LDS Church’s Policy Changes Prompt Mass Resignations In Downtown Salt Lake City


SALT LAKE CITY – November 14, 2015 (Gephardt Daily) ─ Within sight of the Salt Lake Temple, more than 2,000 alienated members of the Church of Jesus Christ of Latter-day Saints and their supporters gathered Saturday for the LDS Church Mass Resignation Rally.

“Someone was trying to count, but lost track,” said Lauren Elise McNamara, one of the event’s coordinators. “I am shocked by the number of people who came out, and pleased at the amount of love and support from members and non-members here today.”

The event was sparked by policies detailed in an LDS handbook intended for use by church bishops and other officials. The policies, revealed last week, labeled same-sex marriages and relationships as acts of apostasy, and declared that the children in a home with two gay parents would not be allowed to participate in church rites, including baptism, until they reached the age of 18 and renounced their parents’ homosexual relationship.

“I’m planning on resigning today,” said Eliasha McKenzie, 13, of Salt Lake City. “It’s not cool that they’re not letting children of gay parents be members. My mom and her girlfriend are gay. Their choice is getting excommunicating or resigning. I’m also here to support my friends who are LGBT. This world deserves peace, not hate.”

Even before the 1 p.m. event at City Creek Park began, long lines had formed at tables where volunteers were available to answer questions or help with paperwork. Attorney Mark Naugle was at the head of another line, offering his services for free to people who wanted to resign from the church efficiently and without revealing their home address on the form. Naugle offered the address of his law office instead.

Utah attorney Mark Naugle offering his services pro bono for people who wanted to resign from the LDS Church without revealing their home address. Naugle offered the address of his law office instead. Photo: Gephardt Daily
Utah attorney, Mark Naugle, offered his services pro bono for people who wanted to resign from the LDS Church without revealing their home address. Naugle offered the address of his law office instead. 
Photo: Gephardt Daily

Naugle, contacted a few hours after the event, estimated he had received 1,500 resignations from attendees who wanted his help.

“I’ve wanted to resign for a while,” said Sariah Westfall, 36, of Salt Lake City. “I have not been active in 18 years, and I don’t believe anymore. I don’t like that they exclude the children of gay parents. It will rip families apart. It’s supposed to be a family-oriented church, but it’s ripping families apart.”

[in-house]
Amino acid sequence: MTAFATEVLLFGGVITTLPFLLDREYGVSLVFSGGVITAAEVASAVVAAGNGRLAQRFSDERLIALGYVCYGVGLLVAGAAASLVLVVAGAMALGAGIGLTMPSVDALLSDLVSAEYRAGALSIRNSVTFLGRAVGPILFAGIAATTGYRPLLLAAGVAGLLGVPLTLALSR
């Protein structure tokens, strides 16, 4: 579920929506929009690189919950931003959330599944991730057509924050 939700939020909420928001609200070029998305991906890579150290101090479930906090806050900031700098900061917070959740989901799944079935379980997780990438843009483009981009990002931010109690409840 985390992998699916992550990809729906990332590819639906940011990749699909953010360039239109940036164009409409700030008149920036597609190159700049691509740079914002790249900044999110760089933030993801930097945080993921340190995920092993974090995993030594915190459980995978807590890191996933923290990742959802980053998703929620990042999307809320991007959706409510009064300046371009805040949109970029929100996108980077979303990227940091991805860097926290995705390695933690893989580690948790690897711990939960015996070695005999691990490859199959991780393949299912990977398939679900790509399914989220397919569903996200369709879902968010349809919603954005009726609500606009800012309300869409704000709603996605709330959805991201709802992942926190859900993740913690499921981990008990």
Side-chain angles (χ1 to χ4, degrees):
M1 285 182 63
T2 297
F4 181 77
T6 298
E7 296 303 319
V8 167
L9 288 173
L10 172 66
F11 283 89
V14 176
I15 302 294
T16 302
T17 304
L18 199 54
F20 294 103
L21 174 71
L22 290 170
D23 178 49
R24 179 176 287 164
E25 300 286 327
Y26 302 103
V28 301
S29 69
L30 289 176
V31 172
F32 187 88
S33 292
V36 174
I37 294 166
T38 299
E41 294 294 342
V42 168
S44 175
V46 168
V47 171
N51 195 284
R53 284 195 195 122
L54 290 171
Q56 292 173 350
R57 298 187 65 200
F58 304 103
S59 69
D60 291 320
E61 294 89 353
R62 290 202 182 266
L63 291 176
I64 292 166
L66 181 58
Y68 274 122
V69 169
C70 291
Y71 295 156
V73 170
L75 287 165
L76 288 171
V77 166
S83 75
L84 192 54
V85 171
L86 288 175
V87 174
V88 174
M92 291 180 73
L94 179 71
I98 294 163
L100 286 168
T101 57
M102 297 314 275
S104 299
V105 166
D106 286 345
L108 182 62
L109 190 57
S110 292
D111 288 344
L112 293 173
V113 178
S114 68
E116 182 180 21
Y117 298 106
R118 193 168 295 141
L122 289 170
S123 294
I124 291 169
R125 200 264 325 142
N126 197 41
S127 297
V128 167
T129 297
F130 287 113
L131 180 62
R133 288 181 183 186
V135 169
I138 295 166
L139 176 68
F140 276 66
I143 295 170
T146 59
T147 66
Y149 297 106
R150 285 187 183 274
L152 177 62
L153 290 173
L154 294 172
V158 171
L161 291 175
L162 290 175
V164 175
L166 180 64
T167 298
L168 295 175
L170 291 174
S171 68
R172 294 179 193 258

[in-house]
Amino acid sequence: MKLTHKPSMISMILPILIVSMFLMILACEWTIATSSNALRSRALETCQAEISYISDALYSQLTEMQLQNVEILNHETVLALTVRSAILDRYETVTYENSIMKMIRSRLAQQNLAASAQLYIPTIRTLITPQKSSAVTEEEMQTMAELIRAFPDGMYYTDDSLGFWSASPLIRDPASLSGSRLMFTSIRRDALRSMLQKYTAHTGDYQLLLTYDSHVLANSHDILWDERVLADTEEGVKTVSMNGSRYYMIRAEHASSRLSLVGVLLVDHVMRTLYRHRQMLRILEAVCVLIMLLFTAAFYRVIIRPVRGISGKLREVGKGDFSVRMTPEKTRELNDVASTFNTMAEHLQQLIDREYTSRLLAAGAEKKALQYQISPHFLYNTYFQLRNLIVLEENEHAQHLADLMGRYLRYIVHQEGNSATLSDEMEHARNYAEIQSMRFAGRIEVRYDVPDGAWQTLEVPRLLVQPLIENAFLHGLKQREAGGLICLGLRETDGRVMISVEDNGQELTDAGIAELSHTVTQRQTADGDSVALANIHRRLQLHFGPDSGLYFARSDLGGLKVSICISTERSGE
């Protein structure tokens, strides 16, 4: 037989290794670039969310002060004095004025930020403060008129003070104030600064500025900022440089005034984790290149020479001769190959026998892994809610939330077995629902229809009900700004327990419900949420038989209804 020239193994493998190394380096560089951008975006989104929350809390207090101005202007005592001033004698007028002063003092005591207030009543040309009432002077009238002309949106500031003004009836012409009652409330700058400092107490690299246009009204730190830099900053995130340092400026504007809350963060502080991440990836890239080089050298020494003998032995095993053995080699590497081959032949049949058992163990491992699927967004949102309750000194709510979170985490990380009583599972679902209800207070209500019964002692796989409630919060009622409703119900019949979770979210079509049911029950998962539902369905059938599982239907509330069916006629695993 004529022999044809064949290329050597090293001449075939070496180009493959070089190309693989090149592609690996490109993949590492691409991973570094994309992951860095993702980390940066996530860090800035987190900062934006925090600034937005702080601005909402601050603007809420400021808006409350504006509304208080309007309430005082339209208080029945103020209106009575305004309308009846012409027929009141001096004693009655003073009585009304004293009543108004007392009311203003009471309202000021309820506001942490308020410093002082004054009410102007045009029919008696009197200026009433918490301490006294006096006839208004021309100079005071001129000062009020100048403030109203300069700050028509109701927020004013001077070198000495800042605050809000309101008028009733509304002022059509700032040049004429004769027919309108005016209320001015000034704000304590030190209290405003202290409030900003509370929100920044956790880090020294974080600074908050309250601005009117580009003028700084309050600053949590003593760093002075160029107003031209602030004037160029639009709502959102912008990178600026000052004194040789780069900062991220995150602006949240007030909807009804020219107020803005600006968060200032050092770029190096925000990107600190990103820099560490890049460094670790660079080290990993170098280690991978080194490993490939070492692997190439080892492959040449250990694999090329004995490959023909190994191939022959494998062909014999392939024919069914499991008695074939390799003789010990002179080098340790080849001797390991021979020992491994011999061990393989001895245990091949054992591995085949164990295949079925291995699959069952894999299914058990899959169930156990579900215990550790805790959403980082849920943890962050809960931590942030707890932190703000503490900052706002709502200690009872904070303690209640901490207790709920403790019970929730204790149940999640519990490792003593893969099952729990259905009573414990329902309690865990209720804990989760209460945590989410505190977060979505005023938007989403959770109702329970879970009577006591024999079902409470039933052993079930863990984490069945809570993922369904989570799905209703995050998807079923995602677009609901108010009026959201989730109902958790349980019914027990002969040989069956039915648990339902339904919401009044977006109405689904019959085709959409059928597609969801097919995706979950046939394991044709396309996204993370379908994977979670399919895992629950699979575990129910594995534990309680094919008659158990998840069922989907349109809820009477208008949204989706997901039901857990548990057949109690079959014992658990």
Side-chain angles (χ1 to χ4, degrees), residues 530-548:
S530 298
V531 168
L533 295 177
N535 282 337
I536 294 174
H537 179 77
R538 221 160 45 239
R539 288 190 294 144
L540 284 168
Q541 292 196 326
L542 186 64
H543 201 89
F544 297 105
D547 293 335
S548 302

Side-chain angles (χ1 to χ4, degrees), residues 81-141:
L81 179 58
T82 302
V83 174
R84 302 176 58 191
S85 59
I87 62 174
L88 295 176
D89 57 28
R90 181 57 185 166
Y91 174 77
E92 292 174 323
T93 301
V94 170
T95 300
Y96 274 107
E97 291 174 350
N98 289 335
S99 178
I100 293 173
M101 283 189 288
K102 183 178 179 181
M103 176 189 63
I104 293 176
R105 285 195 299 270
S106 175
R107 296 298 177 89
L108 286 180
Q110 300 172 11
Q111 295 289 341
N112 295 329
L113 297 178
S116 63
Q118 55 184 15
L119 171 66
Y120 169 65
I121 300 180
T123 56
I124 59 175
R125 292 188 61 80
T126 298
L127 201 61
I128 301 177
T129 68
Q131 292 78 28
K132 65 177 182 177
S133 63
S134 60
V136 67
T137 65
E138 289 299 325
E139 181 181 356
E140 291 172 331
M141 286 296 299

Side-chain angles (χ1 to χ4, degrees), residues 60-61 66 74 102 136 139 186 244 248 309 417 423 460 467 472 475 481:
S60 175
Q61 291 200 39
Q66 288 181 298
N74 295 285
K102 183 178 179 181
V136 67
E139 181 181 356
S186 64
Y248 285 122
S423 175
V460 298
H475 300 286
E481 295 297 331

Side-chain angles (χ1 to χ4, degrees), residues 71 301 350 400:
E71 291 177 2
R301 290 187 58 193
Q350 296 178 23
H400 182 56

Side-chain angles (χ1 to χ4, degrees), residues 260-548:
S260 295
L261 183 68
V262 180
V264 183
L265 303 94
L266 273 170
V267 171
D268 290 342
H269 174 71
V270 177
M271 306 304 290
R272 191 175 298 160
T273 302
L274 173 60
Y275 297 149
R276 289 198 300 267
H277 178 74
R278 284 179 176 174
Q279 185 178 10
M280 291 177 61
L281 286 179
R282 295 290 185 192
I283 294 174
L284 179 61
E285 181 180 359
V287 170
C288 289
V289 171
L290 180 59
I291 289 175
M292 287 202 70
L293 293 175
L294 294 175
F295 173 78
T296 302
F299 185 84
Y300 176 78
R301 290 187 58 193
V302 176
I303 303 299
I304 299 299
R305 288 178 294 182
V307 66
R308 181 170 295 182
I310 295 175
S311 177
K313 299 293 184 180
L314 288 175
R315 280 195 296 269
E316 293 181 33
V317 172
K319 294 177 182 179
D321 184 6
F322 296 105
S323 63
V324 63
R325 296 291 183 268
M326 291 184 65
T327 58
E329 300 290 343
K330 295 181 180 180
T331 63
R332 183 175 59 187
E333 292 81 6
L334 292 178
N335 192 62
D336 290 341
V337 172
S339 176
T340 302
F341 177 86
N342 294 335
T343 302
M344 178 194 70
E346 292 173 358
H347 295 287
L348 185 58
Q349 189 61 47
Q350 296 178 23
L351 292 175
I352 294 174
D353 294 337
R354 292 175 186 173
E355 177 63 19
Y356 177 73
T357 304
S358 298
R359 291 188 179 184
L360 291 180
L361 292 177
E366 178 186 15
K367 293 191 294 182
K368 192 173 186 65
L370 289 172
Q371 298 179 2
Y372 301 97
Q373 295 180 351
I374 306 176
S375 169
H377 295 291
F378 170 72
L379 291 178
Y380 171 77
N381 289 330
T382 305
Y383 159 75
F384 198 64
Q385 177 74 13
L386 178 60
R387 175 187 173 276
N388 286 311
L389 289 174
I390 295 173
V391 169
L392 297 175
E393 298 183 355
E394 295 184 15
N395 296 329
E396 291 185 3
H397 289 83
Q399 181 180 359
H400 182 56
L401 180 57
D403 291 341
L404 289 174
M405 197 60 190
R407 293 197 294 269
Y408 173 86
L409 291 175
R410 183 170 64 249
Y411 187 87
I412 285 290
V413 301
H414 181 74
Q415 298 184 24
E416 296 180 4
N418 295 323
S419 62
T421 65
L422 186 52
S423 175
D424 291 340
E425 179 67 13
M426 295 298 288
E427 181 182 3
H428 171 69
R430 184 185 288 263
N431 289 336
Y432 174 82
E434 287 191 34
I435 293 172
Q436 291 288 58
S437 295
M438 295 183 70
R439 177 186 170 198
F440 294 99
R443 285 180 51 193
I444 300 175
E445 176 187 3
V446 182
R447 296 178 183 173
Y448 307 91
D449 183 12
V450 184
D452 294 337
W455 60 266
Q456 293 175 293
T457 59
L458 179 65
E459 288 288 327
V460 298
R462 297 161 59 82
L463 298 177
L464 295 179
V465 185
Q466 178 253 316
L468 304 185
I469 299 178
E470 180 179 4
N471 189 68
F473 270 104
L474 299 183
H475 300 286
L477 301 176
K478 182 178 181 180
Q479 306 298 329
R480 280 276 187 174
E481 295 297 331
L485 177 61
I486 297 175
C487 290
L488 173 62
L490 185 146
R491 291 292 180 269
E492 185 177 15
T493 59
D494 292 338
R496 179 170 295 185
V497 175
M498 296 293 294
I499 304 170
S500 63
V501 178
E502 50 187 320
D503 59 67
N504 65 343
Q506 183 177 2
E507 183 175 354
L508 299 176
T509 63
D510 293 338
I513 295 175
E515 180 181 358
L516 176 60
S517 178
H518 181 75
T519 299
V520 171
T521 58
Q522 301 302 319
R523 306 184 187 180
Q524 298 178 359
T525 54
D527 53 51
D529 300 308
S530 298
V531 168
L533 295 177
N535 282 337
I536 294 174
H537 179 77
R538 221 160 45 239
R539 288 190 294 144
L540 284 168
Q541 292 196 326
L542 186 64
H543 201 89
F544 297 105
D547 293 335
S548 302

Dori Walker traveled from Winnipeg, Canada, to participate.

“I was excommunicated, but I have family that is still Mormon, and the church’s policies hurt these families who want to be Christ-like and love everyone,” said Walker, who was delivering resignations for five family members active in the faith. “The church institutionalizes homophobia.”

Dori Photo: Gephardt Daily
Dori Walker, of Winnipeg, Canada, brought the names of five relatives who wished to formally resign from the LDS Church. Photo: Gephardt Daily

Zilpha Larsen, 38 and from Millcreek, said she was coming to support people who had decided to resign. Larsen resigned from the LDS Church in 2012, at the first mass resignation, which she organized.

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“I realized the church had not always been truthful when I was growing up,” she said. “My best friend in high school was gay. I didn’t find out until after his mission. He was a good person. The church says homosexuals are bad. It doesn’t accept homosexuals, and there’s no good reason for it. To me, if the Mormons’ God doesn’t accept homosexuals, that God is a false God, and anything they say is a revelation that is from a false God doesn’t matter to me.”

Jessica Wunschel, 62 and visiting from Washington state, said she empathized with the group, but wasn’t at the event to resign.

“I want to be excommunicated,” said Wunschel, who had decorated herself with a feather boa and forehead “gems” in rainbow colors. “Resigning is going away quietly. To me, the seat of their power is excommunication. To them, it’s a weapon. I want to make a mockery of it.”

Photo: Gephardt Daily/Nancy Van Valkenburg
Jessica Wunschel, 62 , from Washington state, said she empathized with the group, but wasn’t at the event to resign. She said she’d prefer to be excommunicated. Photo: Gephardt Daily/Nancy Van Valkenburg